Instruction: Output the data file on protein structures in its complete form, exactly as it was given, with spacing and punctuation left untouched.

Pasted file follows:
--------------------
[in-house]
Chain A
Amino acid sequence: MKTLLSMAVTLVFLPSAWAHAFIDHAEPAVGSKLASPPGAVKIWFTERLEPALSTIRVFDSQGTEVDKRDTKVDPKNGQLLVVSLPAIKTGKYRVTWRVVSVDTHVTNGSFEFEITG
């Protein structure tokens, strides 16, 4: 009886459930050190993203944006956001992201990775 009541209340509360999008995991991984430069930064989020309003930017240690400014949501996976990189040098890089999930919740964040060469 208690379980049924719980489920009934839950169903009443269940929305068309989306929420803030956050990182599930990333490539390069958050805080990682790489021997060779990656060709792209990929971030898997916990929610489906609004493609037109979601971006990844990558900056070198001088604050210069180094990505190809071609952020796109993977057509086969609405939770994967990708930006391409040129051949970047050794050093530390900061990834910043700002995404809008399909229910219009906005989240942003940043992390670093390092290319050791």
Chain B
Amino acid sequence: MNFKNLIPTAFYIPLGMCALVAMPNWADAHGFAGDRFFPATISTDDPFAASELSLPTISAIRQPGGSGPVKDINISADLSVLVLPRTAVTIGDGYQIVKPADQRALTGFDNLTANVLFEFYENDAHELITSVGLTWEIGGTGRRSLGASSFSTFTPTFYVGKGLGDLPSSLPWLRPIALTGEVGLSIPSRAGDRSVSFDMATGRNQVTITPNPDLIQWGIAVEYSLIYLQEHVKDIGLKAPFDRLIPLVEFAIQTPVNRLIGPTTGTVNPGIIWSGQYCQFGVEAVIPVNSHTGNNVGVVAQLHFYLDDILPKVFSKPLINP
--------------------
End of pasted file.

[in-house]
Chain A
Amino acid sequence: MKTLLSMAVTLVFLPSAWAHAFIDHAEPAVGSKLASPPGAVKIWFTERLEPALSTIRVFDSQGTEVDKRDTKVDPKNGQLLVVSLPAIKTGKYRVTWRVVSVDTHVTNGSFEFEITG
């Protein structure tokens, strides 16, 4: 009886459930050190993203944006956001992201990775 009541209340509360999008995991991984430069930064989020309003930017240690400014949501996976990189040098890089999930919740964040060469 208690379980049924719980489920009934839950169903009443269940929305068309989306929420803030956050990182599930990333490539390069958050805080990682790489021997060779990656060709792209990929971030898997916990929610489906609004493609037109979601971006990844990558900056070198001088604050210069180094990505190809071609952020796109993977057509086969609405939770994967990708930006391409040129051949970047050794050093530390900061990834910043700002995404809008399909229910219009906005989240942003940043992390670093390092290319050791």
Chain B
Amino acid sequence: MNFKNLIPTAFYIPLGMCALVAMPNWADAHGFAGDRFFPATISTDDPFAASELSLPTISAIRQPGGSGPVKDINISADLSVLVLPRTAVTIGDGYQIVKPADQRALTGFDNLTANVLFEFYENDAHELITSVGLTWEIGGTGRRSLGASSFSTFTPTFYVGKGLGDLPSSLPWLRPIALTGEVGLSIPSRAGDRSVSFDMATGRNQVTITPNPDLIQWGIAVEYSLIYLQEHVKDIGLKAPFDRLIPLVEFAIQTPVNRLIGPTTGTVNPGIIWSGQYCQFGVEAVIPVNSHTGNNVGVVAQLHFYLDDILPKVFSKPLINP